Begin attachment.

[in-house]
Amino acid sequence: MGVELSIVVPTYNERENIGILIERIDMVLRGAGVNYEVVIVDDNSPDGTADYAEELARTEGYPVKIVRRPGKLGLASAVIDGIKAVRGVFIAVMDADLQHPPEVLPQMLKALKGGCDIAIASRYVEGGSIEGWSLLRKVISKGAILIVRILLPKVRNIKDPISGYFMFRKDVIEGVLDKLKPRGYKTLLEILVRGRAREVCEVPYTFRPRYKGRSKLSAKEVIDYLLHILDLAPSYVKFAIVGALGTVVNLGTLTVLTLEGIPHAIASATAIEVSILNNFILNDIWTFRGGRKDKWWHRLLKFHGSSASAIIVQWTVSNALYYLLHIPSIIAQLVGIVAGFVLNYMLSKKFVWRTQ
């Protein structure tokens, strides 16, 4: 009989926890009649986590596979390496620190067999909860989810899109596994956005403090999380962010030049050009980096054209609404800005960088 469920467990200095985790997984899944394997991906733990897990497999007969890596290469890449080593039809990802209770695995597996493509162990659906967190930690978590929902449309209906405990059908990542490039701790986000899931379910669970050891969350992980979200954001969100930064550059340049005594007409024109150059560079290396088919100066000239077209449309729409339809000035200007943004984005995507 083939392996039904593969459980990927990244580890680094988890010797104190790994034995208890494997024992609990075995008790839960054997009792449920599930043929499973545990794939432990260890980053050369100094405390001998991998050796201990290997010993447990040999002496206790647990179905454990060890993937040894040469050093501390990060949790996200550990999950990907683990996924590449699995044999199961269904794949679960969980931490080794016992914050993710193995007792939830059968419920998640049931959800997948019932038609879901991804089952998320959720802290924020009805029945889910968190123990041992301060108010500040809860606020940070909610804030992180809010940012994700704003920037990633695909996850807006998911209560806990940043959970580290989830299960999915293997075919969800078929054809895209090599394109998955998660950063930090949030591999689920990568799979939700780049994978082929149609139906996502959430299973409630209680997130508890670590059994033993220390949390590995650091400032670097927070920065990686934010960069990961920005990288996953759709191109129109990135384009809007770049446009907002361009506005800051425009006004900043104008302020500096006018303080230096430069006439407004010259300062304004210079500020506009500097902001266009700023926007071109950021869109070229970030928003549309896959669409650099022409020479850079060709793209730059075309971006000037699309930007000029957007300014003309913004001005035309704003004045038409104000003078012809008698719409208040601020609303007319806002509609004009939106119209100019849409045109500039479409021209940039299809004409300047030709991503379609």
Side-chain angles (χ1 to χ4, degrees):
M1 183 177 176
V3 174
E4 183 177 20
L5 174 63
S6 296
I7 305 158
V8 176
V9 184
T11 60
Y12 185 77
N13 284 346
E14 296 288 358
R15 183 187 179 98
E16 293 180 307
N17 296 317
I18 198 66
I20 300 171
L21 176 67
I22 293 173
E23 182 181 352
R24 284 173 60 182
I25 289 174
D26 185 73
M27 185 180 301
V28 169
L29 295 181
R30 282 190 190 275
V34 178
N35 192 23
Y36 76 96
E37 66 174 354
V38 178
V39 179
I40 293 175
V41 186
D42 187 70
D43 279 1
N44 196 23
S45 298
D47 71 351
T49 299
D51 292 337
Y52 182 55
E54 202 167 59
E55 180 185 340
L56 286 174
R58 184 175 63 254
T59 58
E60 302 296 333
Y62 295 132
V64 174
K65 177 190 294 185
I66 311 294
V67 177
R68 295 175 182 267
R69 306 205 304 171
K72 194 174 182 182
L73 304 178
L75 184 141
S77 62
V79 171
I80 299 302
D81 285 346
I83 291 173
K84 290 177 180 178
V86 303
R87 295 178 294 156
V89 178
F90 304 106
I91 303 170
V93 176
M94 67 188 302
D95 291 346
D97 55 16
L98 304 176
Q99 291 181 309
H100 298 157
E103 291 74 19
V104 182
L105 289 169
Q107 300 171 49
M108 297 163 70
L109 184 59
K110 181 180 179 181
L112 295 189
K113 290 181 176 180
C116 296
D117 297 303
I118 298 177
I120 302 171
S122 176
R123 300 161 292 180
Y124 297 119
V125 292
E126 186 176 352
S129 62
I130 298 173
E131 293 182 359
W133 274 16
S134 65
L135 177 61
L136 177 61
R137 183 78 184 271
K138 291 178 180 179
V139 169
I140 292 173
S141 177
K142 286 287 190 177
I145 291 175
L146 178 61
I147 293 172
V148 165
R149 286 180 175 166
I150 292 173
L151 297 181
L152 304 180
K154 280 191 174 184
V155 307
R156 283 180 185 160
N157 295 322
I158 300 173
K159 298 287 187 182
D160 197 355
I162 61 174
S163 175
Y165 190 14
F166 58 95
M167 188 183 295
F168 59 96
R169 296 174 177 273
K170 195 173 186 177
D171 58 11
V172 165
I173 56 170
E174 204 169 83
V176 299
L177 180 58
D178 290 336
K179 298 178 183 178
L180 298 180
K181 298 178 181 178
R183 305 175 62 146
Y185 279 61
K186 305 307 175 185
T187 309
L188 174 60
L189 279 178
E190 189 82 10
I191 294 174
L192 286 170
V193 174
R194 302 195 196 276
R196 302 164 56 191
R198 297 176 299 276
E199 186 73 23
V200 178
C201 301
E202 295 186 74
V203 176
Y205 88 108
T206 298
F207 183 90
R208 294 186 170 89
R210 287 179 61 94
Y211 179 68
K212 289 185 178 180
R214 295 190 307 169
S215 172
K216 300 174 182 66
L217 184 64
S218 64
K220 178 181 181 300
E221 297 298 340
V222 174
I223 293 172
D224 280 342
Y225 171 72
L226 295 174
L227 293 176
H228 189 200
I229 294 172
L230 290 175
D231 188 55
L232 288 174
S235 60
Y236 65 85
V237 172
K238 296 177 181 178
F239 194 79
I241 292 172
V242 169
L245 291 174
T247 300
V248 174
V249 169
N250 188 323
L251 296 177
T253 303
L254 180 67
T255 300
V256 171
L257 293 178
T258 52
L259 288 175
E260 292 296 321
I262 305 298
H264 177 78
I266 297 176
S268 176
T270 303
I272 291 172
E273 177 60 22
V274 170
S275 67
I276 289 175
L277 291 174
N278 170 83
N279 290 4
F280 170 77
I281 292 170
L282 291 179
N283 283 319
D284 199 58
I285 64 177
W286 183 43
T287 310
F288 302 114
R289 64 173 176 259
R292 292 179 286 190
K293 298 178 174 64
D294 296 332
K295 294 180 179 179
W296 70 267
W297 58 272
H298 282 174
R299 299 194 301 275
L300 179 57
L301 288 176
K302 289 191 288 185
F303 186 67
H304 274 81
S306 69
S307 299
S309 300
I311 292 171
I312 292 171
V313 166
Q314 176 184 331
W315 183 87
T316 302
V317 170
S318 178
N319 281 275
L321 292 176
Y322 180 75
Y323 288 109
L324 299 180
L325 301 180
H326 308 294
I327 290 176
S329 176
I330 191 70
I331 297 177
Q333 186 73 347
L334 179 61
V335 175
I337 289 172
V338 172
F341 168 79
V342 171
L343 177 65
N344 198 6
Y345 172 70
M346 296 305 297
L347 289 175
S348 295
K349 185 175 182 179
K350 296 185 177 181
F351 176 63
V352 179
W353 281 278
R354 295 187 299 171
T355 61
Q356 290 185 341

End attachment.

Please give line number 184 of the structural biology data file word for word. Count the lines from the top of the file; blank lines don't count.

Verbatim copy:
H228 189 200